Egyptian writer Alaa Al Aswany first rose to fame for his novel “The Yacoubian Building,” in which characters from disparate walks of life are united through their connection to the eponymous structure, as both inhabitants and visitors. Al Aswany’s most recent novel, “The Republic, As If” (Al-Joumhouriyya Ka’anna), which was published in 2018, employs a plot device similar to that of “The Yacoubian Building” by uniting a range of characters from various sectors of society through their connection with one facet of the story. While the uniting factor in “The Yacoubian Building” is a physical location, in “The Republic, As If,” all of the characters’ stories revolve around Egypt’s 2011 revolution.
The novel begins shortly before the revolution with the morning routine of General Ahmed Alouani, who is, by his own estimation, an exemplary Muslim. After completing his morning rituals of “prayer, reading the Qur’an, breakfast and then licit copulation,” the general gets in his armored car and is driven to work. The branch of the military that Alouani commands, referred to only as the Organization, is concerned specifically with finding and rooting out opposition to Mubarak’s administration.
He extracts information from the opposition member by bringing the prisoner’s wife into his cell, ordering his officers to undress her, and threatening that the officers will rape her if her husband doesn’t comply with the interrogation.
Alouani arrives at work to find his subordinates at an impasse in their interrogation of an opposition member, who is bruised and hanging from a rope by his wrists. Alouani quickly succeeds where the officers reached a standstill: he extracts information from the opposition member by bringing the prisoner’s wife into his cell, ordering his officers to undress her, and threatening that the officers will rape her if her husband doesn’t comply with the interrogation.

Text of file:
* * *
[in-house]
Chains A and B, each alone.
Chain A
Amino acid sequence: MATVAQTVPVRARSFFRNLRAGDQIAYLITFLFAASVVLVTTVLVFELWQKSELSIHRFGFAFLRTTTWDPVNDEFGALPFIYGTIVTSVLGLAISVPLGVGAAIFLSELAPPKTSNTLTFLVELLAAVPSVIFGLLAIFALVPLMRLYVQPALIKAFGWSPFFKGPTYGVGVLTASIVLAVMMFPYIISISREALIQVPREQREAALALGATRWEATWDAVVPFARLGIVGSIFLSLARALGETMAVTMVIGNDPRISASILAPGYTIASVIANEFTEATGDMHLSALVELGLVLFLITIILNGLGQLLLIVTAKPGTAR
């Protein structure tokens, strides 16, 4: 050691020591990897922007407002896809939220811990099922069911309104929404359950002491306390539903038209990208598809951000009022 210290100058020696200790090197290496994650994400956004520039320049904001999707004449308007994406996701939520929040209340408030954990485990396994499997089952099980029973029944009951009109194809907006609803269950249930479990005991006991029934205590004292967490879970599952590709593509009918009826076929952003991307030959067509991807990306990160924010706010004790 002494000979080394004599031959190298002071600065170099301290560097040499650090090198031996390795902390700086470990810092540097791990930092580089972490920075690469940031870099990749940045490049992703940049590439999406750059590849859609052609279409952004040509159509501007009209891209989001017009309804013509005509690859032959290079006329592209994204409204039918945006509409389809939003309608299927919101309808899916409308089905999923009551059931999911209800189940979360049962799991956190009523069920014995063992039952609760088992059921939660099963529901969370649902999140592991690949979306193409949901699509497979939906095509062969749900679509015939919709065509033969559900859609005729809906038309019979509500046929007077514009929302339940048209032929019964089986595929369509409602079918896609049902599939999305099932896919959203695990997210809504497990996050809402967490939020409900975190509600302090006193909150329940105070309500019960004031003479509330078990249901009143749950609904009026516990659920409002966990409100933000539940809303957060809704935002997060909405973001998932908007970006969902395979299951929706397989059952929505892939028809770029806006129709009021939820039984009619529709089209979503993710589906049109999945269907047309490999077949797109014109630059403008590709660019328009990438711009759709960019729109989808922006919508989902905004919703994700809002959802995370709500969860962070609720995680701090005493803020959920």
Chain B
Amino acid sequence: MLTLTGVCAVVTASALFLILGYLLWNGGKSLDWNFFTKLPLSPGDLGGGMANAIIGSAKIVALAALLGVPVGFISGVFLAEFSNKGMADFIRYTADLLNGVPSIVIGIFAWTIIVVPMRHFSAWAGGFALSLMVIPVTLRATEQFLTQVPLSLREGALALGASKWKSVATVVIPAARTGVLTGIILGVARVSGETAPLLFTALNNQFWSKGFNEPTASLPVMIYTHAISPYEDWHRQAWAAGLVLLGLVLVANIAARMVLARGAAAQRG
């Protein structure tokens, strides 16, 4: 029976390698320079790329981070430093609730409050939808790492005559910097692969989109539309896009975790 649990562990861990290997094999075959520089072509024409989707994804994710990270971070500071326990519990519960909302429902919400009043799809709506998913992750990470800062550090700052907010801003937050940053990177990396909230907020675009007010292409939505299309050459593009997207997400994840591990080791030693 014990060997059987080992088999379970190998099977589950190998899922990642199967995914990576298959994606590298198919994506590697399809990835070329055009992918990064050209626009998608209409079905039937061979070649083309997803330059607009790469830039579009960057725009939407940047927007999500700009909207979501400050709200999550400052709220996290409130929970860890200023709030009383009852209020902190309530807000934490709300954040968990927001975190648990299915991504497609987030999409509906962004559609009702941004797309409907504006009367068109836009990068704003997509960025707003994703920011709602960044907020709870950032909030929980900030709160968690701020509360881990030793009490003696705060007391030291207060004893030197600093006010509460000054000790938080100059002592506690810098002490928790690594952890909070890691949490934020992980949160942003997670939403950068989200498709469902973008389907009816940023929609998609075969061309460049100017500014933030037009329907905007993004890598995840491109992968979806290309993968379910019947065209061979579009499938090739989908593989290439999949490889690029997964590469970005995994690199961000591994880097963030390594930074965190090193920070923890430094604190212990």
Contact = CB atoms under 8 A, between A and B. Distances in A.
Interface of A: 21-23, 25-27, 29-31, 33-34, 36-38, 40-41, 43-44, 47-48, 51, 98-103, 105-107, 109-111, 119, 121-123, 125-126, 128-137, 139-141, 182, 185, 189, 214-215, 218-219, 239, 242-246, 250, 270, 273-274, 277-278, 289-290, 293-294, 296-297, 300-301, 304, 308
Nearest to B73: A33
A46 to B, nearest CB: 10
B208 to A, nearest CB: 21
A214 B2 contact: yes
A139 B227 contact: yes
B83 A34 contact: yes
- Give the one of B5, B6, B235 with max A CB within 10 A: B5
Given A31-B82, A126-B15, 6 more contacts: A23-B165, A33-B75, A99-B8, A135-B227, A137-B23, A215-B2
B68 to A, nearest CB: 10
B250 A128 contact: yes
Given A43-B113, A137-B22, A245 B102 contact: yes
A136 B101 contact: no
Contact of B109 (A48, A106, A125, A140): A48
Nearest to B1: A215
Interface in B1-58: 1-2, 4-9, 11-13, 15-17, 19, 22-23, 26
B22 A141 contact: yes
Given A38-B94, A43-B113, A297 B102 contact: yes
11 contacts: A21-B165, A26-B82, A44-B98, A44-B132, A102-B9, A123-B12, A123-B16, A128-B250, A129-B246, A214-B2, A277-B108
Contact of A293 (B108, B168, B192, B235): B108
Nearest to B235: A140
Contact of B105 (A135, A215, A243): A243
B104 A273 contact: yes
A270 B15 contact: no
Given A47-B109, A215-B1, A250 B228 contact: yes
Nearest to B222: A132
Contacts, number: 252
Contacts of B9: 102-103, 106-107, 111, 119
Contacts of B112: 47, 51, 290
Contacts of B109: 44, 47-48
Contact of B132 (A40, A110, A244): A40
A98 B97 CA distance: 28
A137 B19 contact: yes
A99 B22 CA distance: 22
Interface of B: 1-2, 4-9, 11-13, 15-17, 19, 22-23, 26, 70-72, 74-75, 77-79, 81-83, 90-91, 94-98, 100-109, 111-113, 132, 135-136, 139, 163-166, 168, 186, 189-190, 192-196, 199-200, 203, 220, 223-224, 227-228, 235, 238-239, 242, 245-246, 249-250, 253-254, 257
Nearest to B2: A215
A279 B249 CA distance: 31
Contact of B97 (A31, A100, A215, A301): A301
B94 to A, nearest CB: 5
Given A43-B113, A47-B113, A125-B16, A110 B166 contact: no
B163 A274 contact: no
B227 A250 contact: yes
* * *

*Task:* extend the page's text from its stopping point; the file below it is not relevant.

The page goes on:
Alouani’s enthusiastic infliction of torture is startling in contrast with his displayed religiosity, but it is not the only sign of his immorality. Hints of Alouani’s hypocrisy pervade the description of his morning routine. He takes pride in his sexual vigor and faithfulness to his wife even as he requires pornography to engage in their “licit copulation,” and congratulates himself on abstaining from abuses of power. The narrator archly points out that Alouani calls the director of his daughter’s medical faculty before each semester’s exams merely to ensure that he “would not accord any preferential treatment to his daughter, who always passed with a mention of excellence.” Alouani’s disingenuousness in considering himself a paragon of religious virtue is clear, but the narrator coyly avoids admitting this hypocrisy outright. The depiction of Alouani’s character provides a revealing window into the pre-revolution Egyptian government, filling in the background of corruption against which the novel’s young idealists rebel.
The novel’s focus on each character’s relationship to the revolution leaves little room for any detailed portrayal of them outside this political and ideological context. “The Republic, As If” is first and foremost an elegy for and autopsy of the revolution, and Al Aswany fleshes out his characters’ inner lives only insofar as they pertain to their political affiliations. While this approach leaves something to be desired in terms of the characters’ depth, it allows for an exploration of the narratives through which Egyptians of differing backgrounds understand and relate to Egypt’s past, future, and present national identity.